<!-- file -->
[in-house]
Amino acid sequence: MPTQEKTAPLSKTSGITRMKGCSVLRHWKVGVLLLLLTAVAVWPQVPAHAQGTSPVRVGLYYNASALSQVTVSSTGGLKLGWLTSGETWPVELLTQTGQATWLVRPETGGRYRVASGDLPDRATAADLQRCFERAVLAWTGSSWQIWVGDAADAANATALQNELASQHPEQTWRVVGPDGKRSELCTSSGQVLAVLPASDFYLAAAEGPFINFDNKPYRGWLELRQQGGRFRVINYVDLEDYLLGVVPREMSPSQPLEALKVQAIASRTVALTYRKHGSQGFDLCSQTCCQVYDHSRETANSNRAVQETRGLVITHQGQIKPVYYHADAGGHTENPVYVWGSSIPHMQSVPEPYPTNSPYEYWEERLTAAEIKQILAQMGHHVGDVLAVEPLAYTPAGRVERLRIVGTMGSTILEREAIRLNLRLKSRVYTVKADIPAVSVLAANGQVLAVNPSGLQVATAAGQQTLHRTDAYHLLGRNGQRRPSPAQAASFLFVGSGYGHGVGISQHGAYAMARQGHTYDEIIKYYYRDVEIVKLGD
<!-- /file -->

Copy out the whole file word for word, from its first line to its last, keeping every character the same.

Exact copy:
[in-house]
Amino acid sequence: MPTQEKTAPLSKTSGITRMKGCSVLRHWKVGVLLLLLTAVAVWPQVPAHAQGTSPVRVGLYYNASALSQVTVSSTGGLKLGWLTSGETWPVELLTQTGQATWLVRPETGGRYRVASGDLPDRATAADLQRCFERAVLAWTGSSWQIWVGDAADAANATALQNELASQHPEQTWRVVGPDGKRSELCTSSGQVLAVLPASDFYLAAAEGPFINFDNKPYRGWLELRQQGGRFRVINYVDLEDYLLGVVPREMSPSQPLEALKVQAIASRTVALTYRKHGSQGFDLCSQTCCQVYDHSRETANSNRAVQETRGLVITHQGQIKPVYYHADAGGHTENPVYVWGSSIPHMQSVPEPYPTNSPYEYWEERLTAAEIKQILAQMGHHVGDVLAVEPLAYTPAGRVERLRIVGTMGSTILEREAIRLNLRLKSRVYTVKADIPAVSVLAANGQVLAVNPSGLQVATAAGQQTLHRTDAYHLLGRNGQRRPSPAQAASFLFVGSGYGHGVGISQHGAYAMARQGHTYDEIIKYYYRDVEIVKLGD